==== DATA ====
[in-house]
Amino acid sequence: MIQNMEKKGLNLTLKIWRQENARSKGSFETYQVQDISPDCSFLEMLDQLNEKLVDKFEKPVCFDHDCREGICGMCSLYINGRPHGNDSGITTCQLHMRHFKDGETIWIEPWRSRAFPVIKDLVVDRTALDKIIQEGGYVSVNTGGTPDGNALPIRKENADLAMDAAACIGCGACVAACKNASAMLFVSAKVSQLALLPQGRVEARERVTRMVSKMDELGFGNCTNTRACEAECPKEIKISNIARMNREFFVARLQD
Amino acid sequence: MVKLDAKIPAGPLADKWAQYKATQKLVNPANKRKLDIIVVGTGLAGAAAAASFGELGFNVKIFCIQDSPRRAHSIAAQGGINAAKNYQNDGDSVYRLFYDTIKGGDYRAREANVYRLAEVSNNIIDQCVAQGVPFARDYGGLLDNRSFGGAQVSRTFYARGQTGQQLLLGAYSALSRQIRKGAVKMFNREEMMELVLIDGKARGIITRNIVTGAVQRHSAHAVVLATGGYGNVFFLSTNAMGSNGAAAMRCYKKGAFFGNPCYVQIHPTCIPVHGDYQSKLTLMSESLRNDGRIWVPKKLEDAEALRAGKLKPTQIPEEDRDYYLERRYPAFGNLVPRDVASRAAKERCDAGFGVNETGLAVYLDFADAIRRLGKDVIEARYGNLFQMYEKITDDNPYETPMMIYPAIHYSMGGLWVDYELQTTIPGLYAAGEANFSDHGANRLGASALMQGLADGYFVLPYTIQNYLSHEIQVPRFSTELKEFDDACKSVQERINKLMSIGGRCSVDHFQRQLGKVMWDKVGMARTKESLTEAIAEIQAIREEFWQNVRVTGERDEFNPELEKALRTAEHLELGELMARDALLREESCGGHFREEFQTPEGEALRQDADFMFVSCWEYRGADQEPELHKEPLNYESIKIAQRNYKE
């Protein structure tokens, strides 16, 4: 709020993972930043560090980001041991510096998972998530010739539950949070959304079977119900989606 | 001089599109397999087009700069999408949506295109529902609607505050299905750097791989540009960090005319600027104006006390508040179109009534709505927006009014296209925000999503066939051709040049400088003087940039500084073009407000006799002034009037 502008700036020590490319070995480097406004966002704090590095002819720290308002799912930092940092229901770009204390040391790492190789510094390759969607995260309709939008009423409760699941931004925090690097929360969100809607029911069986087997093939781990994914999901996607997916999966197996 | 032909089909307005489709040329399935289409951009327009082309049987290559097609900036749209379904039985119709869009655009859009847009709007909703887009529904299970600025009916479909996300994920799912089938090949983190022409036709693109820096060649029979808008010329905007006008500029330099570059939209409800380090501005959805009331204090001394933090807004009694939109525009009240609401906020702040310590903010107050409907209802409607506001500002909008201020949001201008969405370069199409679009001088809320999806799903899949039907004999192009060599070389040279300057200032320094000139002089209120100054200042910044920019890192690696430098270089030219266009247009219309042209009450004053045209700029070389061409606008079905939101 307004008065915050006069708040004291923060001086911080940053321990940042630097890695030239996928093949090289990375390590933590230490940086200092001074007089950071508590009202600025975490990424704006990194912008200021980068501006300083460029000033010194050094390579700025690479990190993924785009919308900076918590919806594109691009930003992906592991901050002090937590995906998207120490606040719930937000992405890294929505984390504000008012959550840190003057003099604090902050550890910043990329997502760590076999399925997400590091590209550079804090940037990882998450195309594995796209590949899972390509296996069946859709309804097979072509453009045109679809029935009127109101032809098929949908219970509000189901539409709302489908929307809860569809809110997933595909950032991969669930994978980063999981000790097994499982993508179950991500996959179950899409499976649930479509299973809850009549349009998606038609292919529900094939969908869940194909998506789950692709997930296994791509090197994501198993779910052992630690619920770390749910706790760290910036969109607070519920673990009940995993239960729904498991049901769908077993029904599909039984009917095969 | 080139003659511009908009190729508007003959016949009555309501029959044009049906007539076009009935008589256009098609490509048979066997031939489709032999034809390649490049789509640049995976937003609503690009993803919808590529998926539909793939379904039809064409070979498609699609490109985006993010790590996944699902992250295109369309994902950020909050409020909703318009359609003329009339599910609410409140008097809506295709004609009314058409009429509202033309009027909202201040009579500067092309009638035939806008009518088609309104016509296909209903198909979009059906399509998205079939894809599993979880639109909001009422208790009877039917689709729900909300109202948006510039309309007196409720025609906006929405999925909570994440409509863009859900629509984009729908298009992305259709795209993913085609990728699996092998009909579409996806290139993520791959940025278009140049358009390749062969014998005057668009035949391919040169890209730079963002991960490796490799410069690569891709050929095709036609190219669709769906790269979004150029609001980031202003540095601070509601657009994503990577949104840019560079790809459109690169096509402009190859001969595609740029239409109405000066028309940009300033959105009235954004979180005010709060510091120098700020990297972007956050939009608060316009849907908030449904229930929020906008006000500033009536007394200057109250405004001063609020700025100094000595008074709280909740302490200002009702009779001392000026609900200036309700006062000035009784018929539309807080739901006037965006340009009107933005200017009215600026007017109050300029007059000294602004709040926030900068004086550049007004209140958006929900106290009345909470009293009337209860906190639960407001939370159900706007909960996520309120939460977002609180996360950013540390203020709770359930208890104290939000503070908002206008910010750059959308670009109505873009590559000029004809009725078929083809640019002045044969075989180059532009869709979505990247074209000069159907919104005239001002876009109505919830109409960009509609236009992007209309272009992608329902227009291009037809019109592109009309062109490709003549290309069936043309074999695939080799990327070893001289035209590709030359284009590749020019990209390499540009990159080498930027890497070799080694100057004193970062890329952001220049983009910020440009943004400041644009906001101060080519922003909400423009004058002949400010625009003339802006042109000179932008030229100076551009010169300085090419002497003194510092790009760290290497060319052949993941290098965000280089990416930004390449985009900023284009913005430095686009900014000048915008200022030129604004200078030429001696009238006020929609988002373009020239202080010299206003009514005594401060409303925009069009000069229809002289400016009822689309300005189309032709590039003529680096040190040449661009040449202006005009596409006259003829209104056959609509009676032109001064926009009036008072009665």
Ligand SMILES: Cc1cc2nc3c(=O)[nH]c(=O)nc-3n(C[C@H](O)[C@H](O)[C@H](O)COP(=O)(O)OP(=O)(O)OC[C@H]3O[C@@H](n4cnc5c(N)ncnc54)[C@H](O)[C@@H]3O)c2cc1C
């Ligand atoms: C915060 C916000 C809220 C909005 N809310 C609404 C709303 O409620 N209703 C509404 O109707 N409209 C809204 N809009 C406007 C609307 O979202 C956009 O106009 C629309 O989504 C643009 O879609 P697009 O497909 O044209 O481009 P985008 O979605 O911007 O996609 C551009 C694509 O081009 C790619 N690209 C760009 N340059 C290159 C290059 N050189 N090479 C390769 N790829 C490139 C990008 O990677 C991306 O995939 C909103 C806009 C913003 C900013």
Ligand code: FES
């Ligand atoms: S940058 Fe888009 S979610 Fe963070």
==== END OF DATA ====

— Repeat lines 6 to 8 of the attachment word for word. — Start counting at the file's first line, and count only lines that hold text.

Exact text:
């Ligand atoms: C915060 C916000 C809220 C909005 N809310 C609404 C709303 O409620 N209703 C509404 O109707 N409209 C809204 N809009 C406007 C609307 O979202 C956009 O106009 C629309 O989504 C643009 O879609 P697009 O497909 O044209 O481009 P985008 O979605 O911007 O996609 C551009 C694509 O081009 C790619 N690209 C760009 N340059 C290159 C290059 N050189 N090479 C390769 N790829 C490139 C990008 O990677 C991306 O995939 C909103 C806009 C913003 C900013």
Ligand code: FES
């Ligand atoms: S940058 Fe888009 S979610 Fe963070």